Even at UConn title game, Lamont makes full court press for tax cuts

Gov. Lamont is proposing the first income tax cut since 1996. The average person would keep $300 per year in their paycheck by lowering rates for the bottom two tax brackets.

John Craven

Apr 3, 2023, 9:52 PM

Updated 417 days ago

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While Gov. Ned Lamont was in Houston cheering on the University of Connecticut Huskies Monday, his budget director was back in Hartford, putting a full court press on state lawmakers to pass sweeping tax cuts.
“I get to ask for your support for what would be the largest legislative tax cut package in the history of our state,” Office of Policy and Management secretary Jeffrey Beckham told the legislature’s tax-writing committee.
Lamont is proposing the first income tax cut since 1996. The average person would keep $300 per year in their paycheck by lowering rates for the bottom two tax brackets.
Even the governor’s political opponents like that idea.
“Connecticut has the dubious distinction of being one of the highest tax burdened states in the country, and this is a way – long-term – to try to change that,” said state Rep. Vin Candelora (R-North Branford), the top Republican in the Connecticut House.
Lamont's also wants bigger tax credits for small businesses and the working poor.
“We're going to eliminate the income tax for families up to about $50, $60,000 a year,” Lamont said last Monday.
But critics argued that almost a quarter of Lamont's tax relief would actually benefit the wealthy.
“If you're a family making a million dollars a year, you should have a higher effective tax rate than a family making $100,000 a year, because a family making a million dollars a year has a greater ability to pay,” said Dr. Patrick O'Brien, with Connecticut Voices for Children.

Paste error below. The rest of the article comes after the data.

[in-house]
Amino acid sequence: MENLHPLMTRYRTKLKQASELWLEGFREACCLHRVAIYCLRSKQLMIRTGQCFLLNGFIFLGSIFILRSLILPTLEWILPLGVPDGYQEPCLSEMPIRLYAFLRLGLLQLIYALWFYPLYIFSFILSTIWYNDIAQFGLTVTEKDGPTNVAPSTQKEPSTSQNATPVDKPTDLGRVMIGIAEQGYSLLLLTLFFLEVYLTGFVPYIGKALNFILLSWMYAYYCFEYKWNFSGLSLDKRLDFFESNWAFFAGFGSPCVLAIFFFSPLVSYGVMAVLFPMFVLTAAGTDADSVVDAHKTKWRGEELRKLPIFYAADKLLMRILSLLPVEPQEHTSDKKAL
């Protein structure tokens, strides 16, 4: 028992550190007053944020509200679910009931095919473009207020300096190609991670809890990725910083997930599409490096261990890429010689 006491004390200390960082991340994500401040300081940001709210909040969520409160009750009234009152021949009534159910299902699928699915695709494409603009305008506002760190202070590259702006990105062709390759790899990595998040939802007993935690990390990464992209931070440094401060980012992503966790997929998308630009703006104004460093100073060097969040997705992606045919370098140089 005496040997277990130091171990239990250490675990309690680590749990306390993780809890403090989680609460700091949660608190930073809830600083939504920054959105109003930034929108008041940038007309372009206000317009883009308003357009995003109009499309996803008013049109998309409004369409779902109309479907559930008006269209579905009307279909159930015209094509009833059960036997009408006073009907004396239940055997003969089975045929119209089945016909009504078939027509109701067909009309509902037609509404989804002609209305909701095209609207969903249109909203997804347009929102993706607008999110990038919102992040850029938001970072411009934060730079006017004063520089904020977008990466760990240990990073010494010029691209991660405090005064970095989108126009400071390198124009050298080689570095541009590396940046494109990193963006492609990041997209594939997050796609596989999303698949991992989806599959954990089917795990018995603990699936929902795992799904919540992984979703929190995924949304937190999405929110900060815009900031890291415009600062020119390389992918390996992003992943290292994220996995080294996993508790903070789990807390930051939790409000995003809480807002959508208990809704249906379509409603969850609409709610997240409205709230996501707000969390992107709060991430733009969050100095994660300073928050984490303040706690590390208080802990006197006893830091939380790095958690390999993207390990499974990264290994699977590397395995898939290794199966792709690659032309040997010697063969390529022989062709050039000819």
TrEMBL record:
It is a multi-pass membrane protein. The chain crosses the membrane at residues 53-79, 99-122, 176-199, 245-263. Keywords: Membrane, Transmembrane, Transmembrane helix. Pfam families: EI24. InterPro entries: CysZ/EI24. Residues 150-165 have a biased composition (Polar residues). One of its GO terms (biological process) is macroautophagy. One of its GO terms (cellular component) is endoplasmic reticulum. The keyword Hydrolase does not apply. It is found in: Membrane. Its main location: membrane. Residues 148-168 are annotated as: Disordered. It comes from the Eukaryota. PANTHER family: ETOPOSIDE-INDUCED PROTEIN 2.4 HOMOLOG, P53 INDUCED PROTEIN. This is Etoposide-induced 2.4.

O’Brien’s group urged the Finance, Revenue and Bonding Committee to begin phase-out Lamont's income tax cut with those making more than $100,000 per year. Right now, the lowest tax brackets start phasing out around $500,000 annually.
Republicans pushed back.
“Your comment really is just, ‘Tax the rich,’” said state Rep. Lezlye Zupkis (R-Prospect). “And I don't think that that is necessarily a good thing because rich people can afford to leave, and they will leave.”
Other groups are also calling for a permanent child tax credit for parents. Last year, the state sent out up to $750 rebate checks to qualifying families, but Lamont has said it's too expensive to keep the credit.
The United Way of Connecticut argued the tax break could address Connecticut’s workforce shortage.
“A permanent child tax credit is an additional tool that you have in your toolbox to say to families – working-age people – 'We do want you to stay here and we do want you to come here,’” said Lisa Tepper Bates, with the United Way of Connecticut.
As lawmakers hash out his tax proposals, Lamont spent Saturday night courtside with UConn president, Dr. Radenka Radic.
Lamont and Radic are battling over the university’s budget-budget-cut – a match that could be a buzzer-beater.
The General Assembly’s two budget committees will unveil their own plans – one for taxes and one for spending – by April 20. After that, lawmakers and Lamont will negotiate a final package before the legislature adjourns on June 7.


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